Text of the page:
SLUSCV6A April   2017  – February 2018

PRODUCTION DATA.

1. Features
2. Applications
3. Description
1.     Device Images
4. Revision History
5. Pin Configuration and Functions
6. Specifications
7. Parameter Measurement Information
8. Detailed Description
1. 8.1 Overview
2. 8.2 Functional Block Diagram
3. 8.3 Feature Description
4. 8.4 Device Functional Modes
9. Application and Implementation
1. 9.1 Application Information
2. 9.2 Typical Application
1. 9.2.1 Design Requirements
2. 9.2.2 Detailed Design Procedure
3. 9.2.3 Application Curves
10. 10Power Supply Recommendations
11. 11Layout
12. 12Device and Documentation Support
13. 13Mechanical, Packaging, and Orderable Information

• NPL|13

#### 9.2.2.6.2 Selecting a VDDA (Bootstrap) Capacitor

A VDDA capacitor, also referred to as a bootstrap capacitor in bootstrap power supply configurations, allows for gate drive current transients up to 6-A, and needs to maintain a stable gate drive voltage for the power transistor.

The total charge needed per switching cycle can be estimated with

Equation 19.

where

• QG: Gate charge of the power transistor at VVDD
• IVDD: The channel self-current consumption with no load at 200-kHz.

Therefore, the absolute minimum CBoot requirement is:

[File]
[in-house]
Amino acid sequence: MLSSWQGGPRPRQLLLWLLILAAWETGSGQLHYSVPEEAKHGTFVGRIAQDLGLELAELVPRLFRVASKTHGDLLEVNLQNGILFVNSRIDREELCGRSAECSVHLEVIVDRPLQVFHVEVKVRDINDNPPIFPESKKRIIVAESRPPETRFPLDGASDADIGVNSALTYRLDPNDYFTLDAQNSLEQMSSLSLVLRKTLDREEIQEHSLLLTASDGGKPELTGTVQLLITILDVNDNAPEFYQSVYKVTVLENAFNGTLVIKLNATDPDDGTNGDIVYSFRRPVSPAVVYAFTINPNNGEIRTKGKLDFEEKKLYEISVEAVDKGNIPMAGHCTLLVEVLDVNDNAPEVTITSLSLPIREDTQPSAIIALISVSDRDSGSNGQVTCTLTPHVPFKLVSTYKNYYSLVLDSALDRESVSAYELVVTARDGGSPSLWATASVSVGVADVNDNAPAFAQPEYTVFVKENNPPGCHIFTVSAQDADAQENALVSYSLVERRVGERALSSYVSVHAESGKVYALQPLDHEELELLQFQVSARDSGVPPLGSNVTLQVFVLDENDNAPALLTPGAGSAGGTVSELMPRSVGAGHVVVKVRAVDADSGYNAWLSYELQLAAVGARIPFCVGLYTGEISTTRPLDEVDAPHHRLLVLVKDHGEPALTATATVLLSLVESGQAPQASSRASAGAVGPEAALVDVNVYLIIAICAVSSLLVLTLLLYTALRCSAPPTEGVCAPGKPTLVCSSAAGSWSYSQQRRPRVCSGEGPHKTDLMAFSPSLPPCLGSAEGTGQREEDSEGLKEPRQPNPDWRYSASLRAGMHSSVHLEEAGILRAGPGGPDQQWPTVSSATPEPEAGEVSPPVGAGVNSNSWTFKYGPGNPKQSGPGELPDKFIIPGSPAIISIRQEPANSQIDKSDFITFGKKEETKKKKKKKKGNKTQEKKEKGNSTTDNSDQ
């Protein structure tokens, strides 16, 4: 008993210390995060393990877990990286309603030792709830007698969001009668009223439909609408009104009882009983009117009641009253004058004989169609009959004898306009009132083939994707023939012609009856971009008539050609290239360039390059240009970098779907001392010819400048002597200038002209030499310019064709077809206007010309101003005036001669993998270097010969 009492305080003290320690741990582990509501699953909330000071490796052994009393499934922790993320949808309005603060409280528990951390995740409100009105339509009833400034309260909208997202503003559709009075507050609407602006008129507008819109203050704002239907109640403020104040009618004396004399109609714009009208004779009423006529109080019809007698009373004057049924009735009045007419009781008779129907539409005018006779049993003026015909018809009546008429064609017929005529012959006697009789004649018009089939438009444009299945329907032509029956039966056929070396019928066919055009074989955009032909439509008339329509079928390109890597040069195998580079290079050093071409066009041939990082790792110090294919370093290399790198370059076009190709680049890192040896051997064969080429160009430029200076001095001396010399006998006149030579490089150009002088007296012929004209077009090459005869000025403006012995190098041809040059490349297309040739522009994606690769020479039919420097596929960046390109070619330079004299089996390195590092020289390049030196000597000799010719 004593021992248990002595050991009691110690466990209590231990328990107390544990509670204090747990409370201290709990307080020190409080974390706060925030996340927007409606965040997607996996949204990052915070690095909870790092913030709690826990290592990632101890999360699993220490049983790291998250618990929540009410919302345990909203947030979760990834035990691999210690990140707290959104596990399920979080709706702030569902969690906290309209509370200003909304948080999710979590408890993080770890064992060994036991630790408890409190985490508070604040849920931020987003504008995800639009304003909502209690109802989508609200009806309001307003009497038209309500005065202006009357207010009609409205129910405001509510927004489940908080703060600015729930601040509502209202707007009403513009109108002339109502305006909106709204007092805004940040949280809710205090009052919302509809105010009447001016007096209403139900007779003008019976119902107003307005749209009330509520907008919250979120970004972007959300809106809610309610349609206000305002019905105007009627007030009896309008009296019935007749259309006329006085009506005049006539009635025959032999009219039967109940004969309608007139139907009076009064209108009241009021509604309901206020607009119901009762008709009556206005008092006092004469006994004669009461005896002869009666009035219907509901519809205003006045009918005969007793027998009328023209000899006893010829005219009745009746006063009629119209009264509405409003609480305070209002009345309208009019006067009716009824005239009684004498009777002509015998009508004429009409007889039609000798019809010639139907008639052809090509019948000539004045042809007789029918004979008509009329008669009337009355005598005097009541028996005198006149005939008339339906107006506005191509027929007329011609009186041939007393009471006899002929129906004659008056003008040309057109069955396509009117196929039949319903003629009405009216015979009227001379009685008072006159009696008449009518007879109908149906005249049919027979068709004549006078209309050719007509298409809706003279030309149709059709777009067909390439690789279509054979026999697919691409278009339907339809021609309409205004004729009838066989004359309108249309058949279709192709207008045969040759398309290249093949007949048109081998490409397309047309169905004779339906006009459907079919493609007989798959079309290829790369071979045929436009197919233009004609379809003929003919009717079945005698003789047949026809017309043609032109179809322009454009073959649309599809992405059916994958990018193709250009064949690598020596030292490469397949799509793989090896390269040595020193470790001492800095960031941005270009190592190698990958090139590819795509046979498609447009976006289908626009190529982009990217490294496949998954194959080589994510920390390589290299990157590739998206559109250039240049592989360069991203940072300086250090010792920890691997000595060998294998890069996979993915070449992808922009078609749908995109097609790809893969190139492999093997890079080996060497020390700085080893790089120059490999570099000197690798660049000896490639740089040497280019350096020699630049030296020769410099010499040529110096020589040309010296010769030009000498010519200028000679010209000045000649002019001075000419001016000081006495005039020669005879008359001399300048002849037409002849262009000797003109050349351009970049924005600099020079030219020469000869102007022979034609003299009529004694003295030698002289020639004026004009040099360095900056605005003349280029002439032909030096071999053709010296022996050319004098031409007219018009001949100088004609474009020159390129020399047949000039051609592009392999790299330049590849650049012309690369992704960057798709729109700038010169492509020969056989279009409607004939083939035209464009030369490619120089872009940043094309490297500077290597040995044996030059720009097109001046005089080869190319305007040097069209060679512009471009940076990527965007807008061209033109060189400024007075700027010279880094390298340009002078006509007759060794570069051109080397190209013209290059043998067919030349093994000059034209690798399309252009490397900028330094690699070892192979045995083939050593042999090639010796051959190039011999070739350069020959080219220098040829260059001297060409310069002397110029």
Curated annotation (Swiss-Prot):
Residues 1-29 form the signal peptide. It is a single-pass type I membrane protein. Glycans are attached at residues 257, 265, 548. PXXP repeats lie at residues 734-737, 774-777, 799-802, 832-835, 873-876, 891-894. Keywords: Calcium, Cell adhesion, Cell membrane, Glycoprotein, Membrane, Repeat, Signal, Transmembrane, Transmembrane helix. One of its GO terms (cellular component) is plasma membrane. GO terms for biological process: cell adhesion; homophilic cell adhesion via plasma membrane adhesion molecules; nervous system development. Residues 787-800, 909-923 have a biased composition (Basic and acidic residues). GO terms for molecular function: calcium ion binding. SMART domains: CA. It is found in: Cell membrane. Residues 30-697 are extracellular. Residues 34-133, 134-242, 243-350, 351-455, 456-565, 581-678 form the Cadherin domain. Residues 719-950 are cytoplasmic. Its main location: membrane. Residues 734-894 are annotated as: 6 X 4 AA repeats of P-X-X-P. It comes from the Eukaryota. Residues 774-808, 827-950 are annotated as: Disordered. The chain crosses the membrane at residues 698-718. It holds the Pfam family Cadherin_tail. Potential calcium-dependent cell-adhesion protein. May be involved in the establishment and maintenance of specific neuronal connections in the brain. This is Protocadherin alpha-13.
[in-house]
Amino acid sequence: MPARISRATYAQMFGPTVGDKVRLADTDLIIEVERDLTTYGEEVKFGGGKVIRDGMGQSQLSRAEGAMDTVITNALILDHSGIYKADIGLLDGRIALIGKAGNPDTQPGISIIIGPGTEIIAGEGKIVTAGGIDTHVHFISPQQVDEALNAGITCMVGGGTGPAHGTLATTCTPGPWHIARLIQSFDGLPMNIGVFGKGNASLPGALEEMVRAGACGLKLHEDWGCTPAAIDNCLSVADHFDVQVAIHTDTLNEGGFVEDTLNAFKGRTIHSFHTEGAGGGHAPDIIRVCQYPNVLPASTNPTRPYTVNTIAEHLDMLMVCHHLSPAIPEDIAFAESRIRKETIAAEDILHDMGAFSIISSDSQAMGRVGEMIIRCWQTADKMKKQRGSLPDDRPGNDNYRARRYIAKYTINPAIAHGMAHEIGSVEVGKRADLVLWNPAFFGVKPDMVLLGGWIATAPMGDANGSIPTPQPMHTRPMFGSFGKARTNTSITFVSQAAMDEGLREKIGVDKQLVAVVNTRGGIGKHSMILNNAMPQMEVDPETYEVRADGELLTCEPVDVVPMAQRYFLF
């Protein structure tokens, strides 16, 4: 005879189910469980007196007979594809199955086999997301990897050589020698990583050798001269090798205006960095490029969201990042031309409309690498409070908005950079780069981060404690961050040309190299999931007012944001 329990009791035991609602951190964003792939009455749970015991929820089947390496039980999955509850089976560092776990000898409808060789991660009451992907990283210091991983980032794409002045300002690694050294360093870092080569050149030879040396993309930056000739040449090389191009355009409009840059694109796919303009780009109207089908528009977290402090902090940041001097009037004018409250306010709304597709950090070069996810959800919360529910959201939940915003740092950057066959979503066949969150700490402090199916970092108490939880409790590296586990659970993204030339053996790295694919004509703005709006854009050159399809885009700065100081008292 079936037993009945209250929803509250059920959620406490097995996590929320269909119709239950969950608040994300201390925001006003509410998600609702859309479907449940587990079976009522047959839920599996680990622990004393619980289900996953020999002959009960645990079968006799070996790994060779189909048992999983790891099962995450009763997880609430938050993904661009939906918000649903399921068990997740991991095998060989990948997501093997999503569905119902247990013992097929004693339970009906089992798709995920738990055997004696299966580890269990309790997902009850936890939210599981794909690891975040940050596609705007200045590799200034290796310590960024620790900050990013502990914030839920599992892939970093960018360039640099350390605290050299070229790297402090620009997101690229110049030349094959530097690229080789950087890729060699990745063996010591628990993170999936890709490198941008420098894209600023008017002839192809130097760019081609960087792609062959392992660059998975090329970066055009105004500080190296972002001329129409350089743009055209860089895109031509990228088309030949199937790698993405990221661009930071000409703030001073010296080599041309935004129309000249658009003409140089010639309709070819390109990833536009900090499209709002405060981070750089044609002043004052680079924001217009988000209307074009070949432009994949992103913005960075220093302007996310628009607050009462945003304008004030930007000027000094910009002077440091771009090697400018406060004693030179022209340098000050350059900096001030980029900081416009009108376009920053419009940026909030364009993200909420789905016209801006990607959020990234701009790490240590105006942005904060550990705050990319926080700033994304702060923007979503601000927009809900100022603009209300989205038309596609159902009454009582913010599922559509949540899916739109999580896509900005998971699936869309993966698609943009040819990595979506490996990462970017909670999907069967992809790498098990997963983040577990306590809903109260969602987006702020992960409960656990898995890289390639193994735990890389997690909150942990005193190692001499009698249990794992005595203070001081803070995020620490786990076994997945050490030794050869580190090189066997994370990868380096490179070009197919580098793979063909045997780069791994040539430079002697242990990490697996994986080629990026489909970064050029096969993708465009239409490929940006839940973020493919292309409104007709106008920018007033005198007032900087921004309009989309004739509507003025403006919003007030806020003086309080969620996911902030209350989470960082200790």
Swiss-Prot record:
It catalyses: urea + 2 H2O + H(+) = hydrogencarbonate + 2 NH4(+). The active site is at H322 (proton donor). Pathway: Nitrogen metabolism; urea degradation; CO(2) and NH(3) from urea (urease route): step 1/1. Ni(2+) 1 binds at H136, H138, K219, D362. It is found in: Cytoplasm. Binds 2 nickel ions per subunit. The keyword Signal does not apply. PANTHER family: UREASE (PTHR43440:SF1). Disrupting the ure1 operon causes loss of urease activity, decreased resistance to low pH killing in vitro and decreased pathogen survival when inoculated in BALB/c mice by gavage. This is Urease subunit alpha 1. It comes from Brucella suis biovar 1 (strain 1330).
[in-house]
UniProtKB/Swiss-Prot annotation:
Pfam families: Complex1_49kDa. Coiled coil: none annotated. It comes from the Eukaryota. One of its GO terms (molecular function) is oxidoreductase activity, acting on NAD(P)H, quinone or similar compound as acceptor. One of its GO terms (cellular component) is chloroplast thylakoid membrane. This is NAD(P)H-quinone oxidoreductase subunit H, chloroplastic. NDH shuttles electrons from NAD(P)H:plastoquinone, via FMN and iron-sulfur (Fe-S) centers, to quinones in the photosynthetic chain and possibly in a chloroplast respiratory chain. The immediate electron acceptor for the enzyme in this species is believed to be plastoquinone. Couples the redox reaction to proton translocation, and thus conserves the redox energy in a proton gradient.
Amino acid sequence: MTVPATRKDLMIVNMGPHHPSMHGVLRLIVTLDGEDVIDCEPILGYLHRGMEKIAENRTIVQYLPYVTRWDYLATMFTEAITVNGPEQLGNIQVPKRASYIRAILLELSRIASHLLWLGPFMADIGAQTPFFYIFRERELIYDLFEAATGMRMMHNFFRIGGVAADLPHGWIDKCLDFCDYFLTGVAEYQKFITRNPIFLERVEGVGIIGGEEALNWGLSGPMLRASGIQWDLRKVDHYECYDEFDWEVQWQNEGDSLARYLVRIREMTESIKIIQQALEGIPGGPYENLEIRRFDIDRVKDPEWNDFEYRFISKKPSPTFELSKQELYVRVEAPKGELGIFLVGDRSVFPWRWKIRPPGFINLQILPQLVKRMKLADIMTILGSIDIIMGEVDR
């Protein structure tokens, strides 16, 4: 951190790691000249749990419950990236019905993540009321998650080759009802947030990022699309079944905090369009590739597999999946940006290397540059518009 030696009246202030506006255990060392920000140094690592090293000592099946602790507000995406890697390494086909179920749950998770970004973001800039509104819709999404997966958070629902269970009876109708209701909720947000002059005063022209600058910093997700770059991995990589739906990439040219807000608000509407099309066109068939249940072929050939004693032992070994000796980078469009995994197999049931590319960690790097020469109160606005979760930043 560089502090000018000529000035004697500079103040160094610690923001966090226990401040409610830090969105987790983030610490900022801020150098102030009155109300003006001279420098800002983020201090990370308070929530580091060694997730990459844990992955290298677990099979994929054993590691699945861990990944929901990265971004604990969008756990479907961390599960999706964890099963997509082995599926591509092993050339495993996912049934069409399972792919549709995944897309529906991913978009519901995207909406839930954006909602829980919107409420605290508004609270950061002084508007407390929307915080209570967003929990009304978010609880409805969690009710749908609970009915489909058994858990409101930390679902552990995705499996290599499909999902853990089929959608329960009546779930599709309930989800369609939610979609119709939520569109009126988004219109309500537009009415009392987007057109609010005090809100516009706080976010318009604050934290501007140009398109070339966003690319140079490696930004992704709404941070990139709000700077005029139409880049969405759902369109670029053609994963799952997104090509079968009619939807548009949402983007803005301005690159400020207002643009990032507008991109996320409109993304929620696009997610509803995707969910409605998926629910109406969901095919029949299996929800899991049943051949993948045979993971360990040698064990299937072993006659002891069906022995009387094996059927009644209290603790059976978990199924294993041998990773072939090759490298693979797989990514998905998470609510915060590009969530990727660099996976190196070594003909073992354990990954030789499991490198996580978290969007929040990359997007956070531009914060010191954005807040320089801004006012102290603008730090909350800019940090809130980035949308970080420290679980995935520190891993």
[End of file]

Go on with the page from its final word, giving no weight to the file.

Equation 20.

where

• ΔVVDDA is the voltage ripple at VDDA, which is 0.5-V in this example.

In practice, the value of CBoot is greater than the calculated value. This allows for the capacitance shift caused by the DC bias voltage and for situations where the power stage would otherwise skip pulses due to load transients. Therefore, it is recommended to include a safety-related margin in the CBoot value and place it as close to the VDD and VSS pins as possible. A 50-V 1-µF capacitor is chosen in this example.

Equation 21.

To further lower the AC impedance for a wide frequency range, it is recommended to have bypass capacitor with a low capacitance value, in this example a 100 nF, in parallel with CBoot to optimize the transient performance.

NOTE

Too much CBOOT can be detrimental. CBOOT may not be charged within the first few cycles and VBOOT could stay below UVLO. As a result, the high-side FET will not follow input signal commands for several cycles. Also during initial CBOOT charging cycles, the bootstrap diode has highest reverse recovery current and losses.